In this paper, the distribution and redistribution of the amphetamine derivative, 3,4-methylenedioxymethamphetamine (MDMA, ecstasy) is brought into focus. Animal experimental data were compared with internationally reported MDMA-related human fatalities: in general, these turned out to be parallel with each other. Due to its inherent properties (e.g. significant volume of distribution), MDMA is liable to postmortem redistribution. Indeed, very high concentrations have been found in cardiac blood and tissues located centrally in the body (blood-rich organs such as lungs and liver in particular). This confirms that post-mortem redistribution due to diffusion from higher to lower concentration can easily take place, mainly at longer post-mortem intervals and when putrefaction occurs. Therefore, we can conclude that for post-mortem quantitation of amphetamine and derivatives, and MDMA in particular, peripheral blood sampling (e.g. femoral vein) remains compulsory. However, if the latter is impossible, MDMA quantification in a few alternative matrices such as vitreous humour and iliopsoas muscle may provide additional information to come to a reliable conclusion. Furthermore, it should be stressed that – at present – it is impossible to estimate the individual susceptibility to the various possible adverse effects of MDMA, which implies that it is impossible to provide a “safe” or “therapeutic” blood MDMA level. Therefore, in current forensic practice, the post-mortem pathological and toxicological findings should form an entity in order to draw a well-grounded conclusion.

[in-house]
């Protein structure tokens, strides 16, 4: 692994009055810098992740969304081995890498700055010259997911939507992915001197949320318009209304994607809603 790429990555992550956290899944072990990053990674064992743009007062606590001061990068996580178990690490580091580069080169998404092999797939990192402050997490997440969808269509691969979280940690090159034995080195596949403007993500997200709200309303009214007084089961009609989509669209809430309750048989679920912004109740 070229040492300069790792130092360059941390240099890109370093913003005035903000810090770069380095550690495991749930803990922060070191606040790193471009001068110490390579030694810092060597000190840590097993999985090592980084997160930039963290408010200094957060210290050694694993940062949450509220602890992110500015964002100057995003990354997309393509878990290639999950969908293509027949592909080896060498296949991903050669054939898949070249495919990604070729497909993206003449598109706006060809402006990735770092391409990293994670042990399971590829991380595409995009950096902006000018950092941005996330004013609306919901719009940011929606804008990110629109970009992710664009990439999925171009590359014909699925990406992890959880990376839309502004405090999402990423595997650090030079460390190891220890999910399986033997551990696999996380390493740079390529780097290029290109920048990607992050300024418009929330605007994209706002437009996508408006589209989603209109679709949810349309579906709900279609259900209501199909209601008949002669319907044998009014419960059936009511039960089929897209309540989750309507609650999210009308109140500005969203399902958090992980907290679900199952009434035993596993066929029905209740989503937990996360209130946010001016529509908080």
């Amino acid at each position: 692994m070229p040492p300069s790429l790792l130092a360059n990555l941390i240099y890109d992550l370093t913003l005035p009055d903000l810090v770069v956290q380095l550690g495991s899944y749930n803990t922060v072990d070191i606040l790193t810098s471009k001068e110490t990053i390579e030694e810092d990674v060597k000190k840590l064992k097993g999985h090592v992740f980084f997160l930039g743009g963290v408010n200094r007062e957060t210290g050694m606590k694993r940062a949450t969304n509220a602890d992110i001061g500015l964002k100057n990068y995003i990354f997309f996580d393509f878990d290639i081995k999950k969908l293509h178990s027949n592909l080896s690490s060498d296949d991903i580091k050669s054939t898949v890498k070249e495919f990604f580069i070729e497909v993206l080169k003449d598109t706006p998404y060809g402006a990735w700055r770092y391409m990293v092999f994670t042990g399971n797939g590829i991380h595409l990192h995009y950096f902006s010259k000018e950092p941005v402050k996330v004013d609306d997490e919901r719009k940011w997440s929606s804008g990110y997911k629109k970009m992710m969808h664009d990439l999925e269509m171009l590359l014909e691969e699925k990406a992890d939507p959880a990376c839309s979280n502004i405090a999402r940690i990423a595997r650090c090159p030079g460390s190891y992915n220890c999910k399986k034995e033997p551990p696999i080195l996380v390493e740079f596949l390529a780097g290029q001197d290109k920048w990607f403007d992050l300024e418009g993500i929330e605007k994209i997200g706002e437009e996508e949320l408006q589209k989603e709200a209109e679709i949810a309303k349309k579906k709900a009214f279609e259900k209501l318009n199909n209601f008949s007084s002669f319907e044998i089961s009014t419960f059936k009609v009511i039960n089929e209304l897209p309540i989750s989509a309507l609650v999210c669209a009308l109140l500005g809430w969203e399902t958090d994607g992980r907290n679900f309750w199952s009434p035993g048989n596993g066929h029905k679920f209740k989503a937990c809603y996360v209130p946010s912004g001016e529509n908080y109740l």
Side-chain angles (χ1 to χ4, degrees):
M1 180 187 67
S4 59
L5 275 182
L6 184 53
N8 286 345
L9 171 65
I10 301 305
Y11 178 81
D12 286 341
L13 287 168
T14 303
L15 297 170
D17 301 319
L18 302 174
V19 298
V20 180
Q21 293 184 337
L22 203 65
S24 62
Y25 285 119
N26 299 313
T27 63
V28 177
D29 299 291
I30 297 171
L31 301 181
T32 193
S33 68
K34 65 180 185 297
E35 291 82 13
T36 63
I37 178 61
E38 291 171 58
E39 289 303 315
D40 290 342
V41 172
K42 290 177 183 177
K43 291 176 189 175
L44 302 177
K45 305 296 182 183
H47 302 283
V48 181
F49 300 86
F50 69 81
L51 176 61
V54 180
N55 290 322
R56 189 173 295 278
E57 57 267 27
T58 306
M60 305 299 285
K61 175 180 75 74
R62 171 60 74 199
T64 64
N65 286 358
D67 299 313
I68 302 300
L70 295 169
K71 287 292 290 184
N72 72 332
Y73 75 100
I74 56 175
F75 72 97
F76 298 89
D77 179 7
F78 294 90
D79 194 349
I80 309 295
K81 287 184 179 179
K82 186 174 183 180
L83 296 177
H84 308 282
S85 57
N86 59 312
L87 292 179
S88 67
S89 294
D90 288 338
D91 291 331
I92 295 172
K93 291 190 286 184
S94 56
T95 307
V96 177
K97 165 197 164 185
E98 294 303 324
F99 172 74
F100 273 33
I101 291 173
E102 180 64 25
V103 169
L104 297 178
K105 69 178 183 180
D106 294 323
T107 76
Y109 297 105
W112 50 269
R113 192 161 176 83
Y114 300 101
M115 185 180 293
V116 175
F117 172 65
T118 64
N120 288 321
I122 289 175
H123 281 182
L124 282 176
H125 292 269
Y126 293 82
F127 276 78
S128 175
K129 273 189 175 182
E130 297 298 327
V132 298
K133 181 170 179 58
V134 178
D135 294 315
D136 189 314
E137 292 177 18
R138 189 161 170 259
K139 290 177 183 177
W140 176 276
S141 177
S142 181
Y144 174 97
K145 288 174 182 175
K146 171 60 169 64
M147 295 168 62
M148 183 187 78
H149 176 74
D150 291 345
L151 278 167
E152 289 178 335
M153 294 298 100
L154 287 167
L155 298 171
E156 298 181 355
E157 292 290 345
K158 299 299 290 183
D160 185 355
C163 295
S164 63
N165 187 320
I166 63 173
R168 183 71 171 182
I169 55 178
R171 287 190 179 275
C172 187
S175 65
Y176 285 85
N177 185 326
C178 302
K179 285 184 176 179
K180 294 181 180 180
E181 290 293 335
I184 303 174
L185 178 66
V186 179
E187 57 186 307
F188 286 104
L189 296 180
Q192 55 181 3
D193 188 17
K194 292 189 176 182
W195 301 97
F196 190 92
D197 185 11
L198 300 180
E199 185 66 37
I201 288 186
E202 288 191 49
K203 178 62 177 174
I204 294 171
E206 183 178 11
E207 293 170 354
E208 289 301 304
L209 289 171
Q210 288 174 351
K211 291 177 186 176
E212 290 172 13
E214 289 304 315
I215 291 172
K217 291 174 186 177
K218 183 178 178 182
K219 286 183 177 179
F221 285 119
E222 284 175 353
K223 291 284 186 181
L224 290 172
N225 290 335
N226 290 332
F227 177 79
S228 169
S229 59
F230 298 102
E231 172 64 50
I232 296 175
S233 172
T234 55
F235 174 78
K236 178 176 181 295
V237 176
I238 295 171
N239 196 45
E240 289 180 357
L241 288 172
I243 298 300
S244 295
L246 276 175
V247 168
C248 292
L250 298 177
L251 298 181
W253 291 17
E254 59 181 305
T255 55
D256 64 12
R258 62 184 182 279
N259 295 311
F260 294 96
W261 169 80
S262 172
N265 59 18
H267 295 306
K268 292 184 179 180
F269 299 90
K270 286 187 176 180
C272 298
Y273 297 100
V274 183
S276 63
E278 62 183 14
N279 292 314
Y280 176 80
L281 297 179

Keywords: Ecstasy, MDMA, 3,4-methylenedioxymethamphetamine, post-mortem distribution, post-mortem redistribution, post-mortem toxicology, review
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